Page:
Somewhat surprisingly, LPT infants had considerably more cranial asymmetry in terms of both OCLR and wAS than earlier born preterm infants. In a cross-sectional study of preterm infants in TEA, Ifflaender et al. reported quite conversely that very preterm infants had statistically significantly more plagiocephaly compared to late preterm and term born infants [19]. Our study results are not, however, fully comparable with Ifflaender et al. because the observation period in our study started when the infants were three months old. Nevertheless, the prevalence of DP among VPT and MPT infants is far lower in this population at the ages of three and six months than has been reported in the literature [33,35]. These findings are likely explained by the fact that throughout their stay in the NICU, nursing staff members pay attention to varying each infant’s position, usually changing it every 3–4 h according to treatments. Parents are also able to get the infants to kangaroo care on a daily basis. Additionally, parents get repeated guidance on infant handling and positioning from the nursing staff and from a specialized physiotherapist before discharge.
After discharge, all infants follow the regular Finnish well child visit schedule, including visits to a primary healthcare nurse on a monthly to bimonthly basis as well as to a primary healthcare physician at approximately two, four, and eight months of age. VPT infants additionally visit a pediatrician and a physiotherapist at three-month intervals. Advice on positioning and handling may be provided at any of these visits, and whenever necessary, physiotherapy may be commenced. None of the infants in this study received helmet therapy. It can be inferred that the systematic follow-up of the development of both preterm and term born infants in Finland may have a great impact on the prevention of both DP and particularly more severe forms of the condition.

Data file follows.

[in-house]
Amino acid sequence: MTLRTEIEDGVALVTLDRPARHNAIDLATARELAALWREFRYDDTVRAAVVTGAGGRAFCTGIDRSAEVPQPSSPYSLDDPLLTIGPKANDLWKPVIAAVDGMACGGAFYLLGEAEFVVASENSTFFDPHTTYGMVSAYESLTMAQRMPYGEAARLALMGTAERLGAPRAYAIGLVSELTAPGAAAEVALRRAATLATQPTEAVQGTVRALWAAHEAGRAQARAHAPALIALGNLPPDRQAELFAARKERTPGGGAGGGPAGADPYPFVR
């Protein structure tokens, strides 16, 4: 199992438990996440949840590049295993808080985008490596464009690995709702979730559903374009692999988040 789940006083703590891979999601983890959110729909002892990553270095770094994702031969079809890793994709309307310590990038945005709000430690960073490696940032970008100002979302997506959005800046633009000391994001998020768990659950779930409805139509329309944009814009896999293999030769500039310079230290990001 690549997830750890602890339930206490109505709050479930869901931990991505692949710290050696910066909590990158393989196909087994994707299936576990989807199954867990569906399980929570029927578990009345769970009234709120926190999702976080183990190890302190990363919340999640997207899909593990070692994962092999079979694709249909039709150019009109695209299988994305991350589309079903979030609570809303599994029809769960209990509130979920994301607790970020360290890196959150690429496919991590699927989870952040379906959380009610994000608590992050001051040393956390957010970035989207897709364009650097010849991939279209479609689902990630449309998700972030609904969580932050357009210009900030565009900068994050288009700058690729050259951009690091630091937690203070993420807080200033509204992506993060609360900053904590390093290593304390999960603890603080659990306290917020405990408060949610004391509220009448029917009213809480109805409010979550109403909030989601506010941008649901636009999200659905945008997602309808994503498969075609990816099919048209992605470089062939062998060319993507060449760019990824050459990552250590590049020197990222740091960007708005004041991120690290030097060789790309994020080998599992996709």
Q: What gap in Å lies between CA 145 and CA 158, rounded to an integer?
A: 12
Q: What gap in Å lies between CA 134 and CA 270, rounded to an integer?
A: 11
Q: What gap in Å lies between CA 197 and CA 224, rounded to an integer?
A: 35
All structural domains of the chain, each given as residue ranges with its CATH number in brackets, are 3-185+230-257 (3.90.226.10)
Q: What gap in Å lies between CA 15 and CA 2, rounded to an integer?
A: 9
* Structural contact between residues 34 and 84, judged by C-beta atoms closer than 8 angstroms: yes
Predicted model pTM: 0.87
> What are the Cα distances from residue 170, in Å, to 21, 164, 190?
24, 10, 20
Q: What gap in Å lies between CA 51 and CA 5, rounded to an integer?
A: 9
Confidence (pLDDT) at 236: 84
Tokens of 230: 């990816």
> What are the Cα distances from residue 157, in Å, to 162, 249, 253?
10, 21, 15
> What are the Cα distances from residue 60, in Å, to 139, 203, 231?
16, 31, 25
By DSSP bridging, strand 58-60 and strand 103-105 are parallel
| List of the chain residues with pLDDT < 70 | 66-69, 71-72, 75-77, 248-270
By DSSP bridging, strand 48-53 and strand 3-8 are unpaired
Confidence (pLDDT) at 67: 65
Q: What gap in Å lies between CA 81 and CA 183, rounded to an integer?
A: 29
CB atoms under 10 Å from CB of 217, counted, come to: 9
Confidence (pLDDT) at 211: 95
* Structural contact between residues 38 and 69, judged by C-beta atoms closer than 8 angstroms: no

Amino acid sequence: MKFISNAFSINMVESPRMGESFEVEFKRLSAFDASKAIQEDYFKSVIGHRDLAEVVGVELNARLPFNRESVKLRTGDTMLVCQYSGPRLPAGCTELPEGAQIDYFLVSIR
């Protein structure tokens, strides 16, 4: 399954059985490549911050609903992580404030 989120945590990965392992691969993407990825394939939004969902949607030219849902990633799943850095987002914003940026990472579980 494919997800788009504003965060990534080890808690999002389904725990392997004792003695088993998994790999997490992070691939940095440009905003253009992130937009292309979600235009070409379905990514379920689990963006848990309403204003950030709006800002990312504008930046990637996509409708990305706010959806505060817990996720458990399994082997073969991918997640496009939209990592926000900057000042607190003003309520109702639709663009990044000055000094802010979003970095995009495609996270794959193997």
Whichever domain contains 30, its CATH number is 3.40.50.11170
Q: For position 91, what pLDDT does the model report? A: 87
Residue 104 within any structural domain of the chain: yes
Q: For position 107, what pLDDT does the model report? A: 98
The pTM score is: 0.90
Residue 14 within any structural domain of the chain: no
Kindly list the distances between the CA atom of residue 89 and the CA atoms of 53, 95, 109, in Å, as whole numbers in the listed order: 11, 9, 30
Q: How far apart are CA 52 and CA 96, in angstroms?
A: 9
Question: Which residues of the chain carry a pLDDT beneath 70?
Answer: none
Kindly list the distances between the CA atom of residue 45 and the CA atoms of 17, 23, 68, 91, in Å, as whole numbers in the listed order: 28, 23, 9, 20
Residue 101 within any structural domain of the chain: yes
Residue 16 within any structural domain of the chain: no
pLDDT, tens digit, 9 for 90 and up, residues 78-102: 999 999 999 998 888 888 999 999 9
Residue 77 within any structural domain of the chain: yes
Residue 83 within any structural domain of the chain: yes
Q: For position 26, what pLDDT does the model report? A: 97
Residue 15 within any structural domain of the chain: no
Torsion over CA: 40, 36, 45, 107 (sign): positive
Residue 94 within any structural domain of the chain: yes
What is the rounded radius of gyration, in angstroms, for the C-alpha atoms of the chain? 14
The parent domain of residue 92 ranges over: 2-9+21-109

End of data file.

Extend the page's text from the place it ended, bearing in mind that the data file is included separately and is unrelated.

Although the incidence of DP decreased throughout the whole observation period both in preterm and term groups, there was a notable amount of cranial asymmetry still present at the age of three years. The amount of residual cranial asymmetry at the age of three in this study is analogous with an earlier European study [5]. It is known that DP may take a long time to resolve [28,36], and sometimes it may be permanent, as Ruby et al. report the prevalence of deformational cranial abnormalities to be 2% in teens born after the ‘Back to Sleep’ campaign [36]. Furthermore, although DP is usually transient, it may be associated with delayed motor development or torticollis [11,13,33,34]. DP also associates with a rotation of the cranial base and the anterior displacement of the articular fossa on the affected side, which is hypothesized to cause facial asymmetry [37,38,39]. To prevent and to detect these later consequences of DP, a systematic follow-up combined with proactive advice for infant handling, especially during NICU care, might be useful, particularly for preterm infants.